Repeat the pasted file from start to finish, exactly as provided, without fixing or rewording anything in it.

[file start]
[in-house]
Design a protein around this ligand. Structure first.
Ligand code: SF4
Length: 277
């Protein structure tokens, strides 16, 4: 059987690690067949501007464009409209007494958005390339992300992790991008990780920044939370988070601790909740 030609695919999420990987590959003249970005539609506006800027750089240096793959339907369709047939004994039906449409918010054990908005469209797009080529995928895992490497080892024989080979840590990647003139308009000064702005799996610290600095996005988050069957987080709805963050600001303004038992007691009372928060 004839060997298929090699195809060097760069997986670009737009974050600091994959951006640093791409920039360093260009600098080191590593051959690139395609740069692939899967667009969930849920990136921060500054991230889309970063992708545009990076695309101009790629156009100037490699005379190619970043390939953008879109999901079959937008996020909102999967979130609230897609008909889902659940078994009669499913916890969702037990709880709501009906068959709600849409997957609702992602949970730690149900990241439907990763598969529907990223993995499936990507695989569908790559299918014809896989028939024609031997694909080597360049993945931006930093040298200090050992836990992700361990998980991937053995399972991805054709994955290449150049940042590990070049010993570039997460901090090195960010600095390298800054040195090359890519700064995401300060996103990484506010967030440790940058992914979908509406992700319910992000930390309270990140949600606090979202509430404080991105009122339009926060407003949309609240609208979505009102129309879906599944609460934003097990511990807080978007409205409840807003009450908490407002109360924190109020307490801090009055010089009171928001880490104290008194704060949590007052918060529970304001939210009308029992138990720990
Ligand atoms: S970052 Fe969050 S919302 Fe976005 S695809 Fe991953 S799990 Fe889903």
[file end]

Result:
[in-house]
Design a protein around this ligand. Structure first.
Ligand code: SF4
Length: 277
């Protein structure tokens, strides 16, 4: 059987690690067949501007464009409209007494958005390339992300992790991008990780920044939370988070601790909740 030609695919999420990987590959003249970005539609506006800027750089240096793959339907369709047939004994039906449409918010054990908005469209797009080529995928895992490497080892024989080979840590990647003139308009000064702005799996610290600095996005988050069957987080709805963050600001303004038992007691009372928060 004839060997298929090699195809060097760069997986670009737009974050600091994959951006640093791409920039360093260009600098080191590593051959690139395609740069692939899967667009969930849920990136921060500054991230889309970063992708545009990076695309101009790629156009100037490699005379190619970043390939953008879109999901079959937008996020909102999967979130609230897609008909889902659940078994009669499913916890969702037990709880709501009906068959709600849409997957609702992602949970730690149900990241439907990763598969529907990223993995499936990507695989569908790559299918014809896989028939024609031997694909080597360049993945931006930093040298200090050992836990992700361990998980991937053995399972991805054709994955290449150049940042590990070049010993570039997460901090090195960010600095390298800054040195090359890519700064995401300060996103990484506010967030440790940058992914979908509406992700319910992000930390309270990140949600606090979202509430404080991105009122339009926060407003949309609240609208979505009102129309879906599944609460934003097990511990807080978007409205409840807003009450908490407002109360924190109020307490801090009055010089009171928001880490104290008194704060949590007052918060529970304001939210009308029992138990720990
Ligand atoms: S970052 Fe969050 S919302 Fe976005 S695809 Fe991953 S799990 Fe889903």